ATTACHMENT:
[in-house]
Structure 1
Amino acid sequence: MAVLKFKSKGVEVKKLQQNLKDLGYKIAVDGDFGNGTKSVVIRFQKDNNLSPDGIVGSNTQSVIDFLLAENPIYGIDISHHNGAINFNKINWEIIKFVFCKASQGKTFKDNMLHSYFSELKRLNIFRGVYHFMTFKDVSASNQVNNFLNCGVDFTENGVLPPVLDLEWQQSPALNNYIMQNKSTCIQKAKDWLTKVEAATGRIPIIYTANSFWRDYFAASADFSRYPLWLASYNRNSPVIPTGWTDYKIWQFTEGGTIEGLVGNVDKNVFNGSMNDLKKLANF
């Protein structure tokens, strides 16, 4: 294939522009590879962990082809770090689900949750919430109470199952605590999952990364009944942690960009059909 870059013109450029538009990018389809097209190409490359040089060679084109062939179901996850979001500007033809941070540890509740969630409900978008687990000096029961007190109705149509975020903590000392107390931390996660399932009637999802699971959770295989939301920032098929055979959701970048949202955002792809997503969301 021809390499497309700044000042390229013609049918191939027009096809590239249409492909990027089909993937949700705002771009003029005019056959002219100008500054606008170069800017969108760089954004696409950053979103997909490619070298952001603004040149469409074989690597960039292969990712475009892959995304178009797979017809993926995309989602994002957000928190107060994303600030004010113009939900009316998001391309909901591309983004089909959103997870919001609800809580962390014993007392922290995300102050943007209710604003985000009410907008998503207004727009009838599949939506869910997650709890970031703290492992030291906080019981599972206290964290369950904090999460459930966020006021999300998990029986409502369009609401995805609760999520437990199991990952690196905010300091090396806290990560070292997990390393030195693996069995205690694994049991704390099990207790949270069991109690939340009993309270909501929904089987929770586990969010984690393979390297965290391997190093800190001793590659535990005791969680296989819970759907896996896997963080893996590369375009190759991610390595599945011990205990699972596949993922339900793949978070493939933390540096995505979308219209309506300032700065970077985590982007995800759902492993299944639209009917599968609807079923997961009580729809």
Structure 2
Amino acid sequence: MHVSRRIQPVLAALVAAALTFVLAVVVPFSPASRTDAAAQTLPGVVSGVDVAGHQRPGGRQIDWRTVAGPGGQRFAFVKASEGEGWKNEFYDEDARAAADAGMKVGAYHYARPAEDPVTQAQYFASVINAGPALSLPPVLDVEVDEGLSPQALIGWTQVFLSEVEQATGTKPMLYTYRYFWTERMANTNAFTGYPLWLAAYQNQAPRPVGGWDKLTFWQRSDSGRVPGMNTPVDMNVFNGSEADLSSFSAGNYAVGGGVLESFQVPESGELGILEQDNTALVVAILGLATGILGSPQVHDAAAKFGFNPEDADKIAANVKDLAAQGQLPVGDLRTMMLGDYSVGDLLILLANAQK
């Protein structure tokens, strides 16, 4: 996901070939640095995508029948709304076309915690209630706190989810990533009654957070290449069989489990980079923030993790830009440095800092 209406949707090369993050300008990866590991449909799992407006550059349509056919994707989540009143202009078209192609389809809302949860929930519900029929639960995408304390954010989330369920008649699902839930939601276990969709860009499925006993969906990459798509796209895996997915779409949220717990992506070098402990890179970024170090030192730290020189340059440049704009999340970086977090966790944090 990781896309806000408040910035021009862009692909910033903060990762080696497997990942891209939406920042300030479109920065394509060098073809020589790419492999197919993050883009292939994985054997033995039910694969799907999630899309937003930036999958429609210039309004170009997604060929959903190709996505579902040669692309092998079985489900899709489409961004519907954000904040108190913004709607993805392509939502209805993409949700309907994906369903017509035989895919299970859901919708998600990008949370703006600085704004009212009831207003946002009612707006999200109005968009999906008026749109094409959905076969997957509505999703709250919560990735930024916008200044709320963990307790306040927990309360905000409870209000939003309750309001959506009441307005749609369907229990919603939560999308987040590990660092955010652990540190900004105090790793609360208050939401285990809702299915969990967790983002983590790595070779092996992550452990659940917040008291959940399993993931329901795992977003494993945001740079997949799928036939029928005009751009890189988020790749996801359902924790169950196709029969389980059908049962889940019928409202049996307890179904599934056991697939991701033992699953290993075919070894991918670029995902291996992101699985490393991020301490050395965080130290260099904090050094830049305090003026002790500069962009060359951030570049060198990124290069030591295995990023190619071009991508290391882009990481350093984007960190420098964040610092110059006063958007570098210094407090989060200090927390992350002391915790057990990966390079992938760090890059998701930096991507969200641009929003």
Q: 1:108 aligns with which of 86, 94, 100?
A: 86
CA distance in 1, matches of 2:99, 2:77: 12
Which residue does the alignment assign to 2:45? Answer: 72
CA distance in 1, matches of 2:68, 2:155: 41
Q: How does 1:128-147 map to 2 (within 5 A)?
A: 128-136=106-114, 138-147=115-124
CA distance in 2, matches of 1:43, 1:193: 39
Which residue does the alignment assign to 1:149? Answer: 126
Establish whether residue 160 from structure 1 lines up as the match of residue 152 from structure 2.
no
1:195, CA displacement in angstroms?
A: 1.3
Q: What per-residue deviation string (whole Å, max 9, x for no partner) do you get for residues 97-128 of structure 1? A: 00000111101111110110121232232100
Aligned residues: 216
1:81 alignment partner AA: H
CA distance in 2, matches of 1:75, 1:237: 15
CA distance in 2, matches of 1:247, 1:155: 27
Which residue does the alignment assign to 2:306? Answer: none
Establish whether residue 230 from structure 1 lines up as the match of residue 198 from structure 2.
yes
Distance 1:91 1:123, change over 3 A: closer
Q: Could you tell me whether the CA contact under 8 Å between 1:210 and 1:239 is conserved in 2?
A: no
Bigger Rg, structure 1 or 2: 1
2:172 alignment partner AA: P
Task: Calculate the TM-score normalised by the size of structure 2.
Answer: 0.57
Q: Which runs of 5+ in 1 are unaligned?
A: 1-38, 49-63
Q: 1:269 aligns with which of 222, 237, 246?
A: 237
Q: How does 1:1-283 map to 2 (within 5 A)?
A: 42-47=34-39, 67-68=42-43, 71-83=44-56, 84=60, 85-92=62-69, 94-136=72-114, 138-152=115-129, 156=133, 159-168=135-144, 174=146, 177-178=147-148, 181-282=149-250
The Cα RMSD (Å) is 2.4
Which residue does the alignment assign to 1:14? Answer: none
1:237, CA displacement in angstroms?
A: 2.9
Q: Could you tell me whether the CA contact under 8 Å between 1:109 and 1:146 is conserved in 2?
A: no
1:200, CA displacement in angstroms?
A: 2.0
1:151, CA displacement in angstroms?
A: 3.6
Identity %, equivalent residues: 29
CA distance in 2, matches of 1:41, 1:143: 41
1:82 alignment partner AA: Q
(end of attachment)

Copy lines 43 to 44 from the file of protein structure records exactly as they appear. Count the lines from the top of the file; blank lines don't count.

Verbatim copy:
Which residue does the alignment assign to 1:14? Answer: none
1:237, CA displacement in angstroms?